UPDATE 3-Terumo's proposal intensifies race for Olympus tie-up

Wed Jul 25, 2012 11:51pm EDT

* Terumo offers to invest $640 mln in Olympus, set up joint holding firm

* Olympus says weighing proposals from various firms

* Olympus shares jump as high as 10 pct, biggest 1-day gain in over 6 mths (Recasts, adds comments from analysts)

By James Topham and Mari Saito

TOKYO, July 26 (Reuters) - Japan's Terumo Corp announced on Thursday a proposal to invest 50 billion yen ($640 million) in capital-starved Olympus Corp, intensifying a race to join hands with the scandal-hit maker of cameras and endoscopes.

By taking the rare step of going public with its proposal, medical device maker Terumo appeared to be appealing to shareholders to steer Olympus away from a capital deal with Sony Corp. But analysts are unsure if the strategy will work.

Olympus is in final talks with Sony to get a roughly 50 billion yen capital injection in return for a stake, according to Japanese media reports. Terumo, as well as Fujifilm Holdings Corp, have already publicly said they are keen on an Olympus tie-up.

"(Terumo) going public with their plan and appealing to investors directly may backfire as Olympus management will think that they are bypassing them," said Toshiyuki Kanayama, senior market analyst at Monex Inc.

"Sony still appears to be in the lead and I'm sure Terumo was beginning to get nervous."

In response to the offer, which included forming a joint holding company, Olympus, which also makes medical devices, said it was carefully considering the proposal from Terumo, as well as other companies, and that no decision had been made.

Olympus shares soared as high as 10 percent in early Tokyo trade as investors cheered the proposal for the firm, which is facing pressure to raise capital to rebuild its balance sheet following a massive accounting scandal.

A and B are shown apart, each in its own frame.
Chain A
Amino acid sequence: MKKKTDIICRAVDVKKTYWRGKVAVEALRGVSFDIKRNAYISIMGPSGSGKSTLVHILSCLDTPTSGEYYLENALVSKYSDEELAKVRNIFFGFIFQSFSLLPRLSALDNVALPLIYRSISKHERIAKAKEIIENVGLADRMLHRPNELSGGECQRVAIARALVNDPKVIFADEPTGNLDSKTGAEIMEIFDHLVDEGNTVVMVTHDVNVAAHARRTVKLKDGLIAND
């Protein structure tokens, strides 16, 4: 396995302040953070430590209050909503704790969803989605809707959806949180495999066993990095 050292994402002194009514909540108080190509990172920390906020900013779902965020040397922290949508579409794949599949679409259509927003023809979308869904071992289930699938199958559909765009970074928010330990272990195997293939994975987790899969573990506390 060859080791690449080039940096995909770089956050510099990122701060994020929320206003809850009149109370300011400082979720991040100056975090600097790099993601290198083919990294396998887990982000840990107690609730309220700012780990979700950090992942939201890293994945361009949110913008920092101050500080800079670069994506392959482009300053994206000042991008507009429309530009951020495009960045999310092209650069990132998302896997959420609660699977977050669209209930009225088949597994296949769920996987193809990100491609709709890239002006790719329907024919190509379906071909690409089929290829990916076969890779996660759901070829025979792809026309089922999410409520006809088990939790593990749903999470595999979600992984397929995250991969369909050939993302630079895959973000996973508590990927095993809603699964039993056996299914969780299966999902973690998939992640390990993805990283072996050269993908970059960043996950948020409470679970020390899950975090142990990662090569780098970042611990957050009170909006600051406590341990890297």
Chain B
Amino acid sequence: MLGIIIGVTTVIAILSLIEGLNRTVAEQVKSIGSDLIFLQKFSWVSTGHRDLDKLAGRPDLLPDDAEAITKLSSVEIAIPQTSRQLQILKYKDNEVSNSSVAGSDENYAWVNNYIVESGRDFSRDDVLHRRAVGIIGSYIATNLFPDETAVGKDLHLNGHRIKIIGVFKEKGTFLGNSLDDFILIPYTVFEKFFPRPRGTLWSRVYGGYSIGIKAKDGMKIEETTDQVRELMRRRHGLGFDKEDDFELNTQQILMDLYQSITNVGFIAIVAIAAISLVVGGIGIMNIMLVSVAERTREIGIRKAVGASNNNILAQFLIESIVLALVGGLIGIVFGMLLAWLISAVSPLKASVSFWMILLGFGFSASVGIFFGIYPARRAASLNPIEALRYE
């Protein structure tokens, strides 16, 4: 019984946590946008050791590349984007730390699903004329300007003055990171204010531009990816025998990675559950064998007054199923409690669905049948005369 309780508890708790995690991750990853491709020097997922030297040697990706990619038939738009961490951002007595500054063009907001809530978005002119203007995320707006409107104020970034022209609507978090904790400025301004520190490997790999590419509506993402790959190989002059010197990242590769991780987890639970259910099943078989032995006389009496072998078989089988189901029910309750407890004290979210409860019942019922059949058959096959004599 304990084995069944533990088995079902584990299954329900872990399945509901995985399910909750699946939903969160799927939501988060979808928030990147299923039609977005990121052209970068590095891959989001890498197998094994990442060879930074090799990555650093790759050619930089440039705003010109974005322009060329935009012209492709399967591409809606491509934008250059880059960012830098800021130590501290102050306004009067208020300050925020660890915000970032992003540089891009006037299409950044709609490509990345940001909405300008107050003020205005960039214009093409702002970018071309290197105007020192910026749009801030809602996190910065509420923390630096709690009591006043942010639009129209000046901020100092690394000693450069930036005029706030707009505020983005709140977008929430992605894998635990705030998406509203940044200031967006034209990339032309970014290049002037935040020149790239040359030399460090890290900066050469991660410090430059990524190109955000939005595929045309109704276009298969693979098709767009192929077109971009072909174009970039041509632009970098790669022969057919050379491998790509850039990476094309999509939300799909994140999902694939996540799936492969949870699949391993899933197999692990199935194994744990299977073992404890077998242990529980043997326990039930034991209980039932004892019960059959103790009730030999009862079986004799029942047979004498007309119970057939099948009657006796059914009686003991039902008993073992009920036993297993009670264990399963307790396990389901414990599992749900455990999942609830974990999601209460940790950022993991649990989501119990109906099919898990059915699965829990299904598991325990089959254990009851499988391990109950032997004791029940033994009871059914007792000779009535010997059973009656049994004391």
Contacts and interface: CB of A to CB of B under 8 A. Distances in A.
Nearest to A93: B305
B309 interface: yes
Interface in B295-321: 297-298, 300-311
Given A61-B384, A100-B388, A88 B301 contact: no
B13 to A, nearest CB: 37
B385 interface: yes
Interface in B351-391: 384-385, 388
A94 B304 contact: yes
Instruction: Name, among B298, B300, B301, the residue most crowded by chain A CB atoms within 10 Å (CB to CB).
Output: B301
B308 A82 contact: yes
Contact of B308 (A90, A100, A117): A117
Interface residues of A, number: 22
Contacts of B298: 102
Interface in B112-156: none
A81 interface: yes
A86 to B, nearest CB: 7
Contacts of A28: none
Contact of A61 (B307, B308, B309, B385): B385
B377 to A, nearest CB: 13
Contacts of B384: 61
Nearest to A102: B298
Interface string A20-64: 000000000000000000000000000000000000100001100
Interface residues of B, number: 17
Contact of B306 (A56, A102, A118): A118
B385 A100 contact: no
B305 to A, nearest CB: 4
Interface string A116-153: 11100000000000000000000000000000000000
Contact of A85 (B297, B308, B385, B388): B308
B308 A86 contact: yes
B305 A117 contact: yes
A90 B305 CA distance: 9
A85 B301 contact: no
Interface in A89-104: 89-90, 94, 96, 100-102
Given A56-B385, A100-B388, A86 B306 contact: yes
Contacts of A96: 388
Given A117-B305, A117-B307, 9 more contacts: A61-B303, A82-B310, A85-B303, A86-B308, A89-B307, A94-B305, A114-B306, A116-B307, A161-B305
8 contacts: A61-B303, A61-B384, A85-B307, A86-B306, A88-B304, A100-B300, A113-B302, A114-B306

The single lens reflex camera maker admitted last year it used improper accounting to conceal huge investment losses under a scheme that began in the 1990s, after sacked British CEO Michael Woodford raised concerns last autumn about dubious book-keeping.

Olympus President Hiroyuki Sasa told Reuters last month he wants to boost the firm's shareholders' equity to 10 percent of its total assets as soon as possible, from 4.6 percent as of end-March.

To do so, the firm will need to secure some 50 billion yen in fresh capital.

CATHETERS OR CAMERAS?

A combined Olympus and Terumo, which owns a 2.5 percent stake in Olympus, would rank eighth in medical device sales worldwide, based on current figures, according to the Nikkei business daily, which first reported the story.

The lack of overlap between their mainstay medical products -- catheters for Terumo, endoscopes for Olympus -- also lends support to a tie-up between the two precision equipment makers, while Sony can offer support in digital cameras and through its fledgling medical business segment.

But with Sony booking a record net loss of $5.8 billion in its last fiscal year and embarking on a revival plan that includes significant job cuts and a move away from shrinking consumer electronics sectors into new areas like medical, it is also facing challenges.

"It's not clear how Sony can rebuild (Olympus') loss-making digital camera business and it has just entered the medical equipment market so it doesn't have much know-how in the area," said Takashi Oba, senior strategist at Okasan Securities.

Olympus shares, after jumping as much as 10.3 percent, stood at 1,383 yen, 9.3 percent higher at the mid-day break, outperforming a 0.3 percent rise in benchmark Nikkei 225 average. It was their biggest one-day gain since they rose about 20 percent on January 10.

Terumo shares dipped 1 percent, while Sony shares rose 2.1 percent. ($1 = 78.22 Japanese yen) (Additional reporting by Prateek Kumar in Bangalore, Hideyuki Sano and Chang-Ran Kim in Tokyo; Editing by Sreejiraj Eluvangal and Muralikumar Anantharaman)

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